Hello Sagir Mondal,

The problem with the example sentence you ask about is that the subject of the subordinate clause ('While walking home' -- it's not completely clear, but I suppose the subject is 'I') is not the same as the subject of the second clause ('my phone rang', subject = 'my phone'). The subjects must be the same in this kind of construction; if they are not, they are referred to as 'dangling participles'.

I'd suggest you take a look at a different Oxford Dictionary page that explains this in much more detail.

All the best,
Kirk
The LearnEnglish Team

Submitted by Aleya on Mon, 10/07/2017 - 05:26

Permalink
Hello Sir Can we use participle clauses in future sentences? Regards Aleya

Hello Aleya,

The time reference for participle clauses is always the same as the verb in the main clause and they can be used for any time reference, including future time. For example:

I will wait for you at the corner, wearing a red shirt and a black hat.

 

Best wishes,

Peter

The LearnEnglish Team

Submitted by SonuKumar on Tue, 04/07/2017 - 11:08

Permalink
Sir, She is going to bus stand with a purse held in her hand. Is this a right sentence using past participle 'Held' in it and Using past partciple with the preposition 'With' like in this sentense,what is this rule called ?

Hello SonuKumar,

Your sentence is not incorrect, though normally people would probably just say 'with a purse in her hand'. In your version of the sentence, 'held' is adjectival.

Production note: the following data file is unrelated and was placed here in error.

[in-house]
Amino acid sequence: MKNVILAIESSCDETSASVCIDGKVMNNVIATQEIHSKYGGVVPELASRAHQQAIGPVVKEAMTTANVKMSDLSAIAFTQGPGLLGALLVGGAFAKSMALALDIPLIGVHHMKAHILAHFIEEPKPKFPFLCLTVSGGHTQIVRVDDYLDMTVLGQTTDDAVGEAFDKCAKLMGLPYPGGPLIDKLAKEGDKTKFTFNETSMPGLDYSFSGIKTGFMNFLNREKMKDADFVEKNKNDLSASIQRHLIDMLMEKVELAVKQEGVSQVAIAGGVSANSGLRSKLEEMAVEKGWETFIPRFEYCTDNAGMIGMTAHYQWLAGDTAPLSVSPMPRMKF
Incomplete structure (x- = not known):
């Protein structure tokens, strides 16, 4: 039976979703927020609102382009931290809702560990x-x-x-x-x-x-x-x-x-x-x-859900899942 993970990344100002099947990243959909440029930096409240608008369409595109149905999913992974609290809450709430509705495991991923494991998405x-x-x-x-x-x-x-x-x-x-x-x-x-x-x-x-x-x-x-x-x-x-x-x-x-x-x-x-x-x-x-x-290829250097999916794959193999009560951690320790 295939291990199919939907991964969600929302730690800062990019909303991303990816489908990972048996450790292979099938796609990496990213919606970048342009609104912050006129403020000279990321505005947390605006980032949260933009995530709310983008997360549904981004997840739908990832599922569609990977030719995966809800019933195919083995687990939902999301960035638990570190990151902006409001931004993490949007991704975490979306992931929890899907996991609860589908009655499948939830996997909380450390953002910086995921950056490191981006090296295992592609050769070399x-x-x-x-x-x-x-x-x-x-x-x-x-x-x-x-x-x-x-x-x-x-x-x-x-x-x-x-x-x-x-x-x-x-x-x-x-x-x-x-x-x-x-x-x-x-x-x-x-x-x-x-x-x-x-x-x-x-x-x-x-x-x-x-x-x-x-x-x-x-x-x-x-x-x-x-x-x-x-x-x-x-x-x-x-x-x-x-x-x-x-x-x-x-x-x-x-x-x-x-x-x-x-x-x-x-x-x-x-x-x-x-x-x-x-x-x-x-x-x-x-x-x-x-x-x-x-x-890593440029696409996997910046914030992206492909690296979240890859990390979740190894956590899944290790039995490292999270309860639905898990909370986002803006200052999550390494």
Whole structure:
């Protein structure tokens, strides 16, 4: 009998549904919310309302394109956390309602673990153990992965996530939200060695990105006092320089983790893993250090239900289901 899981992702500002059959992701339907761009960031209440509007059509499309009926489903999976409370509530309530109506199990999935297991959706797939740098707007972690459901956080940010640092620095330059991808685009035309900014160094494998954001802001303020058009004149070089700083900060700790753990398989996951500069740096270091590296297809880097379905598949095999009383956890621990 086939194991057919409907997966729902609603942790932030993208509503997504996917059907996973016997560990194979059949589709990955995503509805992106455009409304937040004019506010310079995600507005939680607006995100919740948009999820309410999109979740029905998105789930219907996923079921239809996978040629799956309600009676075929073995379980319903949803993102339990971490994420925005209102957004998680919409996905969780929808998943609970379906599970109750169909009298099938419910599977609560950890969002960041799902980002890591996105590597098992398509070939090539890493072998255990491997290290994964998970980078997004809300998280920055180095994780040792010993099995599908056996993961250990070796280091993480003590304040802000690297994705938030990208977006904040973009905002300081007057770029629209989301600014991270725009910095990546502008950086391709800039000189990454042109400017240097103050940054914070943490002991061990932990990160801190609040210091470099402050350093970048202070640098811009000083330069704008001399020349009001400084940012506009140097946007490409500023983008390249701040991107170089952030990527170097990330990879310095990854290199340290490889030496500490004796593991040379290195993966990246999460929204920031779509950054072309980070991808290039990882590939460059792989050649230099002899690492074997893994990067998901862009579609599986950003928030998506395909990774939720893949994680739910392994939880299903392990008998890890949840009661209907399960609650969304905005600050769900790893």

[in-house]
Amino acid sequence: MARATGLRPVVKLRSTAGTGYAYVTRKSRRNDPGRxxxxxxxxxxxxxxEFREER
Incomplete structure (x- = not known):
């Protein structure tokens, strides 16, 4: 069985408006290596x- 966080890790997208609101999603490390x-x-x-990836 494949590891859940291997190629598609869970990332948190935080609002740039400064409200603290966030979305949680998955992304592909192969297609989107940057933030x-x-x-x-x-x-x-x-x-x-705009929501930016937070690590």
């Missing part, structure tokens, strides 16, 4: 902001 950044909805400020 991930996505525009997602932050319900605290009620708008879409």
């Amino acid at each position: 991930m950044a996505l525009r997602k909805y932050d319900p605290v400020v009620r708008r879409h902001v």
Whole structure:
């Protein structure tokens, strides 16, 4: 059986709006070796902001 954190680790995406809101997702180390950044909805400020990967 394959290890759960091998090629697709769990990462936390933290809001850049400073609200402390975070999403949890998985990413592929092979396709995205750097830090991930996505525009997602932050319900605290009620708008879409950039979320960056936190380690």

All the best,
Kirk
The LearnEnglish Team

Submitted by Hugoecc on Mon, 03/07/2017 - 21:03

Permalink
Good evening, how can I know when to use present participle, past participle ir the perfect participle? Are there any rules?

Hello Hugoecc,

The differences between present and past participles in participle clauses are explained on this page. It is primarily a question of whether the meaning needed is active (present participle) or passive (past participle).

If you have a particular example in mind then please post it and we will try to help you with it.

 

Best wishes,

Peter

The LearnEnglish Team

Submitted by SonuKumar on Sun, 02/07/2017 - 03:14

Permalink
Sir, There's a sentence. "She passes by me wearing a beautiful dress" Now in this sentence why do we not use the past participle worn instead of present one, whereas The girl I'm talking about already has worn her dress completely the work is done even then why present participle and is there a way to make the same sentence using past participle ?

Hello SonuKumar,

As the information on the page says, present participles have an active meaning and past participles have a passive meaning. The girl is wearing the dress and so an active meaning is needed and a past participle would not be appropriate.

 

Best wishes,

Peter

The LearnEnglish Team

Submitted by Pedram on Mon, 26/06/2017 - 10:03

Permalink
Hello, I'm a bit confused about using verb-ing after comma in a sentence. Basically, I'm not sure what kind of grammar it is and where I should use such structure. Below are two examples for your reference: 1) The engineer identified the problem, using the latest technology. 2) Teachers serve as inspiring role models for the students, living and embodying values they teach. As can be seen in the examples above, -ing form of verb is used after comma. Could you please give me some advice about this structure and let me know when I can have this in my writing. Best Regards, Pedram